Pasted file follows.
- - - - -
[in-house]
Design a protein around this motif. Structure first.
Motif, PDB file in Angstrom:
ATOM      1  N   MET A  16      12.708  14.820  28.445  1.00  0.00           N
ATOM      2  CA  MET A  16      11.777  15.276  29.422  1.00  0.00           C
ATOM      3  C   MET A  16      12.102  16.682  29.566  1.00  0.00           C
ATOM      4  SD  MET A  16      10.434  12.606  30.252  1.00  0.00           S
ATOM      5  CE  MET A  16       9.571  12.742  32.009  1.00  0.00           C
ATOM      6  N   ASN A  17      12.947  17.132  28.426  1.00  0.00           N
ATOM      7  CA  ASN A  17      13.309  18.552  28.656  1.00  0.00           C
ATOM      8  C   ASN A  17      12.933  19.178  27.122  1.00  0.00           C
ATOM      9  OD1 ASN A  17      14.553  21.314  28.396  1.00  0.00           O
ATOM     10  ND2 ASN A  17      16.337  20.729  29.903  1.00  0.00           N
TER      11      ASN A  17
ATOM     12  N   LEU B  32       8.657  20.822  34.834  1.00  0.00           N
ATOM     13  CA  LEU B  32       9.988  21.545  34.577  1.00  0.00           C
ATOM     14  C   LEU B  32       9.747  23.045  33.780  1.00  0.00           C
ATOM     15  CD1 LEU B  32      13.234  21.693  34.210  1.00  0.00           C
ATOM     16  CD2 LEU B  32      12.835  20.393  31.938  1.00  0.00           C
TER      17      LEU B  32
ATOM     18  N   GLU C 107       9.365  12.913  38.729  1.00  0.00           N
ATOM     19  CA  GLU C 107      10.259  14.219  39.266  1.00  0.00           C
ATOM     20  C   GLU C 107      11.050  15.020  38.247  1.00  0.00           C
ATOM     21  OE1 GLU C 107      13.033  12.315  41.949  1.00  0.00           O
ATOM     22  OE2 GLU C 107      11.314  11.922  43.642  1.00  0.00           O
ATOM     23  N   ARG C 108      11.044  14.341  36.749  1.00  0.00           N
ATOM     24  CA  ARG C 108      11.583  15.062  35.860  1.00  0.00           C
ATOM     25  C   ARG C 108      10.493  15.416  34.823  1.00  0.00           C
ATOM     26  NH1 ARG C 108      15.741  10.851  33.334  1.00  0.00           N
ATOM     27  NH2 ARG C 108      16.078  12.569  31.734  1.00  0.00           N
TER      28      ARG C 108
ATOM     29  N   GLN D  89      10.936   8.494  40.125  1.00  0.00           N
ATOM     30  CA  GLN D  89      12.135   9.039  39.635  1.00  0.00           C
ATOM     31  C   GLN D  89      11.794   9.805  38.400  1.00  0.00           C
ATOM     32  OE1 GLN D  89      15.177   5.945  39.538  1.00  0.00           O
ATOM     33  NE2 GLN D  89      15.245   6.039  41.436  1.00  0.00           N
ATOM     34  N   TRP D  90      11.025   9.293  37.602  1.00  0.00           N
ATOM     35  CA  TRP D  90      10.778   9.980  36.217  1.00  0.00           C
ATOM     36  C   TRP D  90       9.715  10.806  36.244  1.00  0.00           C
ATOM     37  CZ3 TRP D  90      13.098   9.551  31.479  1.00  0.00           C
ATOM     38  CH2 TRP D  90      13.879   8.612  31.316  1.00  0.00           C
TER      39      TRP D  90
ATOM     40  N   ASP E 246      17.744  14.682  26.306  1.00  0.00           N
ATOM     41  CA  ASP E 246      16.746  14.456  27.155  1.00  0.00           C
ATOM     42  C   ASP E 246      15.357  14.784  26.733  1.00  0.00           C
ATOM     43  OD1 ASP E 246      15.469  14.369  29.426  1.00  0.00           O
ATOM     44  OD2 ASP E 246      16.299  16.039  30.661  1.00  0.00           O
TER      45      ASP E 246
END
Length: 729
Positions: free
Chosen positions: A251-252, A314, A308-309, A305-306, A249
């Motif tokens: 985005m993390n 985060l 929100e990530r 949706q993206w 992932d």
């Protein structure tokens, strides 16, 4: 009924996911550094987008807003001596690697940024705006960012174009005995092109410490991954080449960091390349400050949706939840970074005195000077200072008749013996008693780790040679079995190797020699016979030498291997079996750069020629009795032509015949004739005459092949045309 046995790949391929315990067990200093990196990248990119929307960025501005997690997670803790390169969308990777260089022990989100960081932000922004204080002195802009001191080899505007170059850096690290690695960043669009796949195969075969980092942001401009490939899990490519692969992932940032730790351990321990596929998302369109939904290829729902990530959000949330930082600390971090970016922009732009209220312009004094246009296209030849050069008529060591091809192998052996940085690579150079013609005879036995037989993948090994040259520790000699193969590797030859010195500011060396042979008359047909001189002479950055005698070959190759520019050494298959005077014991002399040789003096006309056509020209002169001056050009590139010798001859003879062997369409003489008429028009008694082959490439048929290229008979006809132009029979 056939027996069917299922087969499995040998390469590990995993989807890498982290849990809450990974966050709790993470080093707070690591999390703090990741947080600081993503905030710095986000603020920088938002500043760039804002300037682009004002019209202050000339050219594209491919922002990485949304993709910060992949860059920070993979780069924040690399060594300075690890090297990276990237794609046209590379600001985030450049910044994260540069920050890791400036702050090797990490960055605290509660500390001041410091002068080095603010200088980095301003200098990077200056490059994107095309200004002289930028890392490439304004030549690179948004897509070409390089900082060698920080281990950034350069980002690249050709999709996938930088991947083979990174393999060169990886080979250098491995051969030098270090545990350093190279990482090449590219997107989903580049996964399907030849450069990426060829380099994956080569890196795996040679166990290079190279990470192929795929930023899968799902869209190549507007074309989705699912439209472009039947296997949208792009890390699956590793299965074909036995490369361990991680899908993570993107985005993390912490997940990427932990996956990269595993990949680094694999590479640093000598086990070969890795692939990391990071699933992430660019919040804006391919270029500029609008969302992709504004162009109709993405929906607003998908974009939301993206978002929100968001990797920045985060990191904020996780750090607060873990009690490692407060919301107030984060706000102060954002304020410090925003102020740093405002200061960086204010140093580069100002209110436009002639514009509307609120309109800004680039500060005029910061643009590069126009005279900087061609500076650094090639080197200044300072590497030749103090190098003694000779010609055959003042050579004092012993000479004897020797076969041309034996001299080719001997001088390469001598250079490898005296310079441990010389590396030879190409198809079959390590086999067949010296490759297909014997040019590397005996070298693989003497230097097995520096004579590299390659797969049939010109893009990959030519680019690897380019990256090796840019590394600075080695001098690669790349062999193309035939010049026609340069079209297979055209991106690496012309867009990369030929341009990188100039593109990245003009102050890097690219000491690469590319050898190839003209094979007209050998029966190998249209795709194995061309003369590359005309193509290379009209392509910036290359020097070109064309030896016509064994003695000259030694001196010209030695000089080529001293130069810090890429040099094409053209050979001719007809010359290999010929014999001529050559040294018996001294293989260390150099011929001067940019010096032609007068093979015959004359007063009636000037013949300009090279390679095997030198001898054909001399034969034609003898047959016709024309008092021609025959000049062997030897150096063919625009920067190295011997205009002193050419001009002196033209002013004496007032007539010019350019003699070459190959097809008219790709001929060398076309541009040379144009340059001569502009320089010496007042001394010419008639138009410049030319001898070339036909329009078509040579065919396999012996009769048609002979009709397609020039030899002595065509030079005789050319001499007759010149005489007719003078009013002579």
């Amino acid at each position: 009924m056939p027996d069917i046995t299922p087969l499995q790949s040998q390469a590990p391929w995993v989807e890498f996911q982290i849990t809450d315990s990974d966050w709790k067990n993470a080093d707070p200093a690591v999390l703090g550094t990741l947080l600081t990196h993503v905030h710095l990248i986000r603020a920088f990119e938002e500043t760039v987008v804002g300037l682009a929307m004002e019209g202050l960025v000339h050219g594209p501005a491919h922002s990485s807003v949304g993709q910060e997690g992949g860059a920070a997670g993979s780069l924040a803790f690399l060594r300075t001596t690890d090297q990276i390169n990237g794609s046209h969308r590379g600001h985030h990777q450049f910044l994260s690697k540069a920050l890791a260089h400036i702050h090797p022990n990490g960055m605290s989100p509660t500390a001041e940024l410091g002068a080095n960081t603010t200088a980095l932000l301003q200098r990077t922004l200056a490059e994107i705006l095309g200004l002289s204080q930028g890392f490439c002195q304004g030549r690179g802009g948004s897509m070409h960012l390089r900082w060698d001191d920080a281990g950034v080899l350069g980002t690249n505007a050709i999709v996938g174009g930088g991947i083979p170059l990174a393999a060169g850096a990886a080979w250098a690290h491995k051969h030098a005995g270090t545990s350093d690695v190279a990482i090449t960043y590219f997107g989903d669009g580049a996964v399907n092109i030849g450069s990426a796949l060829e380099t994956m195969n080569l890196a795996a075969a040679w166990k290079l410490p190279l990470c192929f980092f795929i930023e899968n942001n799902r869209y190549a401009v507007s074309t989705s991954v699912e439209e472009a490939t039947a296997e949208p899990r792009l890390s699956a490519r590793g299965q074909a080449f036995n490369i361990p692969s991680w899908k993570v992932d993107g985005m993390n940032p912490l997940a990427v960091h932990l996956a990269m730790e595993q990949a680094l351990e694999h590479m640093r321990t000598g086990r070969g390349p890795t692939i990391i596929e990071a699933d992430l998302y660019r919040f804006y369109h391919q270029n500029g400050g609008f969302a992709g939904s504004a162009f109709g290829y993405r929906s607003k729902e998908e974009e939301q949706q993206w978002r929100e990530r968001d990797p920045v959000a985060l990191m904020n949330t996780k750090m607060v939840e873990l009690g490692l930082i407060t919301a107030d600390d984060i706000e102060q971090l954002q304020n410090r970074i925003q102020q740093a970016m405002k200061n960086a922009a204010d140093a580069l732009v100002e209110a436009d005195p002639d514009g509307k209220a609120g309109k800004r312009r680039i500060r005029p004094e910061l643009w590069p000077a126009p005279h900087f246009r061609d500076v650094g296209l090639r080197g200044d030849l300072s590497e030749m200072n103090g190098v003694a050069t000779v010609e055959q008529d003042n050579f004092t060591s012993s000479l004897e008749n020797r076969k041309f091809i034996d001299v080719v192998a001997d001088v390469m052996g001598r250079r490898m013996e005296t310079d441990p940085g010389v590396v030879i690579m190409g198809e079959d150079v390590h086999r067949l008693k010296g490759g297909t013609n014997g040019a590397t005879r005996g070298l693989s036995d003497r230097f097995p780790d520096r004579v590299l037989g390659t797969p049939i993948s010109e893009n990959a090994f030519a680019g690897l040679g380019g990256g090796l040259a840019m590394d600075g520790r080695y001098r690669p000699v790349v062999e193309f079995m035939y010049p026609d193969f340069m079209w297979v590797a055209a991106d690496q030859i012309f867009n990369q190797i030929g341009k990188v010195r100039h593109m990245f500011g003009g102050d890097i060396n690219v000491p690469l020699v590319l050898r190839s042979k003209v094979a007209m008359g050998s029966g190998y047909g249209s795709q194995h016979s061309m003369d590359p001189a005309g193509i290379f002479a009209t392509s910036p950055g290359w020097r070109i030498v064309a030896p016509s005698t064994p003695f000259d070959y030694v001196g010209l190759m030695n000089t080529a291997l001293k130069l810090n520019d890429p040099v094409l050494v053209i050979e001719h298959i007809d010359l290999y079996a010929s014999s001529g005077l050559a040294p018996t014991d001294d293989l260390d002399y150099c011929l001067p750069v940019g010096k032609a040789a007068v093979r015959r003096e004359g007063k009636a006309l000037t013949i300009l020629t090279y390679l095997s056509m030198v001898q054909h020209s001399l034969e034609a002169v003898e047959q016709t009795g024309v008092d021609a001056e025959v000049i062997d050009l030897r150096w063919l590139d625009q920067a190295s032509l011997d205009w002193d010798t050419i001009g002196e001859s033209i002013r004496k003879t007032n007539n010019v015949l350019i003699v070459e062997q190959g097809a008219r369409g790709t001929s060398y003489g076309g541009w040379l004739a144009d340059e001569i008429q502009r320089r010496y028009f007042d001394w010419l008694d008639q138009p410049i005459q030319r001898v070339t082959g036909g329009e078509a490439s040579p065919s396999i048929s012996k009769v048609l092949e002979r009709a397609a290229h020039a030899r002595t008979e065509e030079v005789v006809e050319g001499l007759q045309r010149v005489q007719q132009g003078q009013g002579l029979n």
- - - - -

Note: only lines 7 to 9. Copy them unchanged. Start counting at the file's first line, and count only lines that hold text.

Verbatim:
ATOM      4  SD  MET A  16      10.434  12.606  30.252  1.00  0.00           S
ATOM      5  CE  MET A  16       9.571  12.742  32.009  1.00  0.00           C
ATOM      6  N   ASN A  17      12.947  17.132  28.426  1.00  0.00           N